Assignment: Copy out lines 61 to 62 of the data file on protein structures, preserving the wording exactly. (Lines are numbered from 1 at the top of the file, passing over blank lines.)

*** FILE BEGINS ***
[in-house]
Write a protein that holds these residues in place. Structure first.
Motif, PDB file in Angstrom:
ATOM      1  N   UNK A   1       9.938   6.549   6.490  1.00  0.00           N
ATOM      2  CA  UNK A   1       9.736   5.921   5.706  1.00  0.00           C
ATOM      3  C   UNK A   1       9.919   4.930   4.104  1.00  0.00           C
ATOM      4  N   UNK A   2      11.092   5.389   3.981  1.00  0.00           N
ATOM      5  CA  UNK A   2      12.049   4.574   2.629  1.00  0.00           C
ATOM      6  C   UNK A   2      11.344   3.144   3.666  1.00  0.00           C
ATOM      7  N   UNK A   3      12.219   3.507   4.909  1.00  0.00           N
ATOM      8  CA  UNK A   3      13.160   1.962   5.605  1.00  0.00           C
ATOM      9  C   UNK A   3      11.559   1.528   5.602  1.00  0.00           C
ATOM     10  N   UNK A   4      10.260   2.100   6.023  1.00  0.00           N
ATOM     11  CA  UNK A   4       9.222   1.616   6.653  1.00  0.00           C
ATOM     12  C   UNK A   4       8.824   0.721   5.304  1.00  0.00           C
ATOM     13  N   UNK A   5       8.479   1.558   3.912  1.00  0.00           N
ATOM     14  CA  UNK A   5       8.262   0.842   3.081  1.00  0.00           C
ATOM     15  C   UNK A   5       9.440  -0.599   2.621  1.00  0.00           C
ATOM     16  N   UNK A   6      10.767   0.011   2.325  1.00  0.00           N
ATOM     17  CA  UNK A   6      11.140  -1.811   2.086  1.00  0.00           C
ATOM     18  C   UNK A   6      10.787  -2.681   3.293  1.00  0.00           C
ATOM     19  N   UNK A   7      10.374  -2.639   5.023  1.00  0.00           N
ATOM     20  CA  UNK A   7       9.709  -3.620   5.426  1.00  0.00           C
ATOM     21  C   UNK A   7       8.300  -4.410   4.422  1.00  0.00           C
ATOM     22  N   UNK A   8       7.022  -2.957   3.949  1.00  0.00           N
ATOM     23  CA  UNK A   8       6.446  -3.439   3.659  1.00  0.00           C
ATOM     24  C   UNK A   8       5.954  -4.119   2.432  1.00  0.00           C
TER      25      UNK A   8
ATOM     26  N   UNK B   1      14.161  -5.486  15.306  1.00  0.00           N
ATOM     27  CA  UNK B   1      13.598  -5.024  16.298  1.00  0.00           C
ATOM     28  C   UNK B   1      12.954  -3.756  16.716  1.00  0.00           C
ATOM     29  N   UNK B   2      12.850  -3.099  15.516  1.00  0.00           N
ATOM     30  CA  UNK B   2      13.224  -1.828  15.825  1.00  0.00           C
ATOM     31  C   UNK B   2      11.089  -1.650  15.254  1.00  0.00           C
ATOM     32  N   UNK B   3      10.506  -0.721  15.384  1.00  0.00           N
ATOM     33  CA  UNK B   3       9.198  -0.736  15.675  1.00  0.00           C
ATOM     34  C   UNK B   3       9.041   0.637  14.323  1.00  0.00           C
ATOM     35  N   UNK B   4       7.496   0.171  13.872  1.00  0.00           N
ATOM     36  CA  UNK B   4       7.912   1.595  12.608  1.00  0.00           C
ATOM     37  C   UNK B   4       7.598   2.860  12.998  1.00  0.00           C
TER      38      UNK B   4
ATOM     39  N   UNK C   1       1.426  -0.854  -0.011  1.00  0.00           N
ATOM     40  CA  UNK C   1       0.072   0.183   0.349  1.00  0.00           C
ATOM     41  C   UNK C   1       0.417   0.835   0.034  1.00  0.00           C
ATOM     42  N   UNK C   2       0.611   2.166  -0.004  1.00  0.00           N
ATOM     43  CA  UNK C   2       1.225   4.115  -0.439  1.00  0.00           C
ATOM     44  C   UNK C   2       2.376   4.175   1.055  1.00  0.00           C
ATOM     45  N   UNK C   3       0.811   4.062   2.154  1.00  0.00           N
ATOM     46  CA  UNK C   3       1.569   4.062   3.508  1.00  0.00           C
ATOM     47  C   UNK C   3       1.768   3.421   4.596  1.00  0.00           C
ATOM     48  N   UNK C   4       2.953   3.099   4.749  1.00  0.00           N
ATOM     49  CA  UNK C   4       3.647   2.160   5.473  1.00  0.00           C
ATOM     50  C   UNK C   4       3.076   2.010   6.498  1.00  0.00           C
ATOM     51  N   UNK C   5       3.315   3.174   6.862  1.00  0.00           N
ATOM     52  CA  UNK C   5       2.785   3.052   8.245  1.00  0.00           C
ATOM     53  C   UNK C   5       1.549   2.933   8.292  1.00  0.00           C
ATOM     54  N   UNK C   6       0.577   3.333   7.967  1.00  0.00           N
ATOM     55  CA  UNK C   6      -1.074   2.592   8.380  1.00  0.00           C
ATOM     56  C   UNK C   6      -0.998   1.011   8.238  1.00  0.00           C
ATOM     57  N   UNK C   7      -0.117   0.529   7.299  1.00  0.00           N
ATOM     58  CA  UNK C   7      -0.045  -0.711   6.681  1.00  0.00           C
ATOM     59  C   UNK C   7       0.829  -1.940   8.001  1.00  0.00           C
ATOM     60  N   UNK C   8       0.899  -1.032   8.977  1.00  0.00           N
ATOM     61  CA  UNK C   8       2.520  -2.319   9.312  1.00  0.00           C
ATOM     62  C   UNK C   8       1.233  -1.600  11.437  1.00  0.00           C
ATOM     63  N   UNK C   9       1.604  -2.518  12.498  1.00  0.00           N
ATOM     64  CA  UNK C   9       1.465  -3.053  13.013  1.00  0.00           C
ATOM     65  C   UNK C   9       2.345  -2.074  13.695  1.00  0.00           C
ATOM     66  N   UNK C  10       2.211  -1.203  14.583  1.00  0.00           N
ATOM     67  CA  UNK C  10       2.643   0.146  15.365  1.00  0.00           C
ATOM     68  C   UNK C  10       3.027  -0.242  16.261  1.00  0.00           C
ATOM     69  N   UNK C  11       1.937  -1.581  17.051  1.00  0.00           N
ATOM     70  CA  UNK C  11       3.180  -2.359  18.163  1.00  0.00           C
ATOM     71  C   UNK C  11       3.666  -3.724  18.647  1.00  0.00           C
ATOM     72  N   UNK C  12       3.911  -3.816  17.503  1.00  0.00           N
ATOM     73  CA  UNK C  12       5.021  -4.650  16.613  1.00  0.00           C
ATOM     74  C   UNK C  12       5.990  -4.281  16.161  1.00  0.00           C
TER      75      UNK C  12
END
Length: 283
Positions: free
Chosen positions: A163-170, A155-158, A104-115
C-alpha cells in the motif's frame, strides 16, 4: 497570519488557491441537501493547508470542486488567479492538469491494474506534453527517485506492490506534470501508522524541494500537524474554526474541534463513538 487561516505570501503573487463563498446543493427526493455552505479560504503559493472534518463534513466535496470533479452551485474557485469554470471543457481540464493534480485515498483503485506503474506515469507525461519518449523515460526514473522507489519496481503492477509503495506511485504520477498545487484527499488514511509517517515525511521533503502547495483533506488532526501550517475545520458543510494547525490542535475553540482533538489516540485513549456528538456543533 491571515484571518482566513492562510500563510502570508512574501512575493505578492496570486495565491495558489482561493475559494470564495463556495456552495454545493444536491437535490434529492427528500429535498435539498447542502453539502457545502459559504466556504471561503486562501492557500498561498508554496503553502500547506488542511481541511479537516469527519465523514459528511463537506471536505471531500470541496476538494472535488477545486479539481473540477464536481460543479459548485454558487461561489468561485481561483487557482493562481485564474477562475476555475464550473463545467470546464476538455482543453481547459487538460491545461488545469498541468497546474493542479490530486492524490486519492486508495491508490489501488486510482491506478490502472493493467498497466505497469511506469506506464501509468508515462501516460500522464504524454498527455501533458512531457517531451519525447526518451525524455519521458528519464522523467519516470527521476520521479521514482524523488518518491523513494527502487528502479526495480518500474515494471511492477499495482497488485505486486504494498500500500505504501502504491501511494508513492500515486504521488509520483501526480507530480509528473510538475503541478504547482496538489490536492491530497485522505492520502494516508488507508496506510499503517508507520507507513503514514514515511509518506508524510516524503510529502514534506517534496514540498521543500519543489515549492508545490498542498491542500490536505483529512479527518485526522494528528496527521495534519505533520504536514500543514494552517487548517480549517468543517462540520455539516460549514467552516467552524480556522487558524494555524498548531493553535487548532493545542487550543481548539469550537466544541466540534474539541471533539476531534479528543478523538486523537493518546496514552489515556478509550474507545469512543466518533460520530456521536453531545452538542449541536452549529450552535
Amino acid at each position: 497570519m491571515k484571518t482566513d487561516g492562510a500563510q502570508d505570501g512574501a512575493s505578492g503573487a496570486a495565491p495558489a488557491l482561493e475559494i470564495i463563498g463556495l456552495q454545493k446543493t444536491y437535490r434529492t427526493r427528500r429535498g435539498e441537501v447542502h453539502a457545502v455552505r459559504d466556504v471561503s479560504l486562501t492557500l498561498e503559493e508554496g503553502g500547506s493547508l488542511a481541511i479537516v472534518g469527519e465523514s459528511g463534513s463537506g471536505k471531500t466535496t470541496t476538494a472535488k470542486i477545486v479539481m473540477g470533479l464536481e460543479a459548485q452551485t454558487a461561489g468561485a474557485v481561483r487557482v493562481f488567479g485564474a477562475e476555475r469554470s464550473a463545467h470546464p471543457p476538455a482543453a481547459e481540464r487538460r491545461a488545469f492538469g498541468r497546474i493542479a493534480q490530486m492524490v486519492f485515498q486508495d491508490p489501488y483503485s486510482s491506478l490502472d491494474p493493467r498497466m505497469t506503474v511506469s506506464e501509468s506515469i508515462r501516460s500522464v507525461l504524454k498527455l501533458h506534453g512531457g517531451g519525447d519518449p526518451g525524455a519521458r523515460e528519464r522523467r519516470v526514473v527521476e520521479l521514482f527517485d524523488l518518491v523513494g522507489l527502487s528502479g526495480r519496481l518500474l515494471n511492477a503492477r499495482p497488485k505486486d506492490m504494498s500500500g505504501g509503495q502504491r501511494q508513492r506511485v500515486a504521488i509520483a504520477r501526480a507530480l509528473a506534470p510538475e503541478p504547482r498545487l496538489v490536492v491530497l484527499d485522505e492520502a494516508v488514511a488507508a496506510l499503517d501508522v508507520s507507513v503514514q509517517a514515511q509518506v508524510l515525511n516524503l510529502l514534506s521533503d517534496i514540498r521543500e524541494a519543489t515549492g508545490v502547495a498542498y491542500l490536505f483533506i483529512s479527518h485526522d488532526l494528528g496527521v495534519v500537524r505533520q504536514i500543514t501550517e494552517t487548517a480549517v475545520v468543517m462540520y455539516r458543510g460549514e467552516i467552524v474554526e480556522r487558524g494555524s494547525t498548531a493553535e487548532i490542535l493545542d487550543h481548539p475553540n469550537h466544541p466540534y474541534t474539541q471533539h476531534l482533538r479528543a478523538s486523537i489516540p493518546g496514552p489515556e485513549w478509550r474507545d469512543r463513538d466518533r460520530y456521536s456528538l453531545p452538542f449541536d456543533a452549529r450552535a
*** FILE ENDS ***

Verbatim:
ATOM     58  CA  UNK C   7      -0.045  -0.711   6.681  1.00  0.00           C
ATOM     59  C   UNK C   7       0.829  -1.940   8.001  1.00  0.00           C